Friday, November 14, 2014

Gone With the Wind

Last night, I went to a showing of Gone With the Wind at the Orpheum Theatre.  The Orpheum was built in the 1920's and is currently being restored to it's former glory.  It's a beautiful building and a lot of work has already been done on it.  About once a month, they'll show an old movie on their big screen.  I've seen GWTW several times in my life but not recently and never on a big screen.  It was pretty incredible.  For a movie that was released in 1939, it's hard to believe some of the things that were included, both visually and morally.  The burning of Atlanta... those aren't special effects, folks.  They pretty much had one shot filming that because the set was destroyed by the explosions and the fire.  And morally... there was quite an uproar at the time because of Rhett Butler using a curse word at the end of the movie.  But I was more surprised at some of the dresses that Scarlett wore.  And the scene near the end where Rhett's drunk and semi-abusive?  This film came out 75 years ago and was considered very scandalous by a lot of people.  If only those people could see the kind of trash that Hollywood puts out now...

The thing that always gets me with that movie is the romanticizing of the Southern way of life.  The knights and their ladies fair, the tranquility and prosperity, the happiness of the slaves... a life of ease and comfort for the ruling class, supported by the willing and dedicated slaves.  Everyone knows this is all hogwash, right?  In fact, there's a very ironic line in the movie.  Ashley confronts Scarlett on her use of criminals to run their mill, knowing that the overseer will abuse and starve the men.  Scarlett says that it's no different than using slaves.  Ashley counters that point by saying that their slaves were always well treated.  That point right there, fair treatment of slaves, was used by many plantation owners to defend slavery.  As if giving them food to eat and a roof over their heads made up for the brutal labor, the constant fear of being sold or seeing their family sold, the cruel punishments for infractions, and, most importantly, the complete absence of freedom.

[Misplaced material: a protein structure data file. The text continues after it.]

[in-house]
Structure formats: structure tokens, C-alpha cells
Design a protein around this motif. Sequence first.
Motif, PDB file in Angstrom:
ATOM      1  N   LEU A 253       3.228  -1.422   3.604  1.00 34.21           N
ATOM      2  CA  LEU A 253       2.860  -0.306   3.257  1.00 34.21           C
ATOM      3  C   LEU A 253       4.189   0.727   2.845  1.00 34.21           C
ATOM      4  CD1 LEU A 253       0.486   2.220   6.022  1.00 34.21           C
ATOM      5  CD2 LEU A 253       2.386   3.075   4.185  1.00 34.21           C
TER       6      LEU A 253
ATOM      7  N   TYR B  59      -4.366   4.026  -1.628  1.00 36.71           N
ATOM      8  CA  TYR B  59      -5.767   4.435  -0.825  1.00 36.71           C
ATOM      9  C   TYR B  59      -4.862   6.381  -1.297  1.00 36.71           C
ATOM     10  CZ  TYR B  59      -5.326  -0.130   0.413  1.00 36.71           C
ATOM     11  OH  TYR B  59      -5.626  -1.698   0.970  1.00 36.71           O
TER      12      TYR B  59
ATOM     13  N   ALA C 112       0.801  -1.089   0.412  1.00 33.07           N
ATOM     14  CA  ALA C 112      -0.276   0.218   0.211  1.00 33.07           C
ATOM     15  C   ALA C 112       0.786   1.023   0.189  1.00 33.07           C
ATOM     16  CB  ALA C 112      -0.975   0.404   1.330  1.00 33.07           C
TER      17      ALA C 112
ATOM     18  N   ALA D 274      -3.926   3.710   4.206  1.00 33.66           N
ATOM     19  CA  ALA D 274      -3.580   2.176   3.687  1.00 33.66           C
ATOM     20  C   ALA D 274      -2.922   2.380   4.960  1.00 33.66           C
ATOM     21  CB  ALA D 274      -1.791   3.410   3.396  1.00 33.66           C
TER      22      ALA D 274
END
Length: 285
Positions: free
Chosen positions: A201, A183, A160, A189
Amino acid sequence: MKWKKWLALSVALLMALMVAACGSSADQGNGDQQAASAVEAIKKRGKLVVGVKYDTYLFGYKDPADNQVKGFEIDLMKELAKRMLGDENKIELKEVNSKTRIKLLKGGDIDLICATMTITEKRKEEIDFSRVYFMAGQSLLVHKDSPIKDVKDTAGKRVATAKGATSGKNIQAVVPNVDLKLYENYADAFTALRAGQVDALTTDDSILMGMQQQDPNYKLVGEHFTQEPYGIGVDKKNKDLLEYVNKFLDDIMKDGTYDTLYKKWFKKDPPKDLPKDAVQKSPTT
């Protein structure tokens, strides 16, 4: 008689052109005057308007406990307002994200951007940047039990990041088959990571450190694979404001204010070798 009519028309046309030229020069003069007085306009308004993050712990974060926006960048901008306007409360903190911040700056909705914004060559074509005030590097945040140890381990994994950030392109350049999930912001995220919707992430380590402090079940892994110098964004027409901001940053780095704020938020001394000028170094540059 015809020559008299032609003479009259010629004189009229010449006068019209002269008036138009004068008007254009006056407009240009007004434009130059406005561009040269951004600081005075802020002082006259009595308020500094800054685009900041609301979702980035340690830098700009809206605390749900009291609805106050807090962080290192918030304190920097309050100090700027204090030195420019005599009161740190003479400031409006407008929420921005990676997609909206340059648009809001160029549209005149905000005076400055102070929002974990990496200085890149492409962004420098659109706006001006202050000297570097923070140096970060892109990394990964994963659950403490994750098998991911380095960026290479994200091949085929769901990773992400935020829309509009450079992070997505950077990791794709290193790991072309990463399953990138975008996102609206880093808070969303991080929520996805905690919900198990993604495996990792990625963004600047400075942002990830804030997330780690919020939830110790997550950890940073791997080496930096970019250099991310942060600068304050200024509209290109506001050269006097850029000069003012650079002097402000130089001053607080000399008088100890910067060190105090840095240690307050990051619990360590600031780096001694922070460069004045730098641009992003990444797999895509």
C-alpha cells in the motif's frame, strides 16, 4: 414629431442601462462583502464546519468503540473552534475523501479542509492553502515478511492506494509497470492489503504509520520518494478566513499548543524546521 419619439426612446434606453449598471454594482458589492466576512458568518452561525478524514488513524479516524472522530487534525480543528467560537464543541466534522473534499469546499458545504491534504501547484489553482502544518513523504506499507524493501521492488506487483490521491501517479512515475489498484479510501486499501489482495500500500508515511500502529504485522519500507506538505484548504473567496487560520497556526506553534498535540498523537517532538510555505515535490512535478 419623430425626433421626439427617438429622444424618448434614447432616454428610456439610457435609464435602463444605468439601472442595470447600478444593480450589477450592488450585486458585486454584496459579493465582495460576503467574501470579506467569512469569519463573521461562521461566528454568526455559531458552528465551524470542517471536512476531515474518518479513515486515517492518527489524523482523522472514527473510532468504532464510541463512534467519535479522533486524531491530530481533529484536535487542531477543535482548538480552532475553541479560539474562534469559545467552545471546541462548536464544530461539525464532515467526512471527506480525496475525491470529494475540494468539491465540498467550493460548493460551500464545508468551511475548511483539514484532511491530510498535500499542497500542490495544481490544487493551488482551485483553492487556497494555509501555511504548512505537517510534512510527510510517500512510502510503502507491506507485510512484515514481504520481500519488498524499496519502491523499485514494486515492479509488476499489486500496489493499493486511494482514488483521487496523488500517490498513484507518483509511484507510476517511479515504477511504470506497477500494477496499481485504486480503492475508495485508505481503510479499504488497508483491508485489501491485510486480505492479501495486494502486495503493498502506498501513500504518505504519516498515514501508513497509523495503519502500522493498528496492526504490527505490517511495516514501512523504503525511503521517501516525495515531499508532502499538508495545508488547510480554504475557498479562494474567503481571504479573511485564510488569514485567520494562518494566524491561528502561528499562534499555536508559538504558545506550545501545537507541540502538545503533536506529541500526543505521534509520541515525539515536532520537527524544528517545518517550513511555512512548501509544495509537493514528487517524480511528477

Monday, November 10, 2014

An Artsy Winter

Since finishing my last book, I haven't had the chance to read more than the forward of my next book ("Driven" by Donald Driver).  There seems to be so many things that demand my attention and when I finally get some down time in the evening, I'm so tired that I either just watch a movie or do a little computer work and go to bed. 

Josiah gets more self-sufficient everyday but unfortunately, is requiring more and more supervision.  Because he can go up and down the stairs by himself, he roams both floors now, getting into all sorts of things that he shouldn't.  And making messes.  He roams the yard too and because our backyard doesn't have a fence between our driveway and the street, he has no barriers to stop him from wandering into the front yard and out to the street.  He does go outside by himself because he needs to have (what he thinks is) unsupervised time but I'm always in the kitchen or the living room where I can keep an eye on him through the window.  He has a good time by himself, playing in the dirt in the vegetable garden beds with his little trowel and shovel or putting sticks and leaves in his wagon and pulling it around the yard or following Fluffy around.  If we don't sell our house by next spring though, we're going to have to put up a fence to keep him in the backyard. 

The weather this week has been amazingly warm but that all ended about 4:30 this afternoon.  A cold front came through and the temp dropped from around 70 to below 50.  We're not even supposed to get up to 40 tomorrow.  I brought in some of Josiah's outside toys and washed them so he can continue to play with them in the basement this winter.  I'm going to try to make our basement a little more kid-friendly so he has some space to run around and burn off energy this winter.  I think it'll be tough on him to be inside so much so I'm going to have to get creative with ideas of ways to keep him occupied.  Not that I think it's a parent's job to keep their child occupied 100% of the time (in fact, that's very harmful to a child because then they never learn how to entertain themselves), but the way he's kept himself occupied this summer is by going outside to play.  Now that he won't have that, I think I'll have to work with him on being able to occupy himself in the house.  I did get some new crayons and markers and coloring books a couple weeks ago so it might turn out to be a very artsy winter!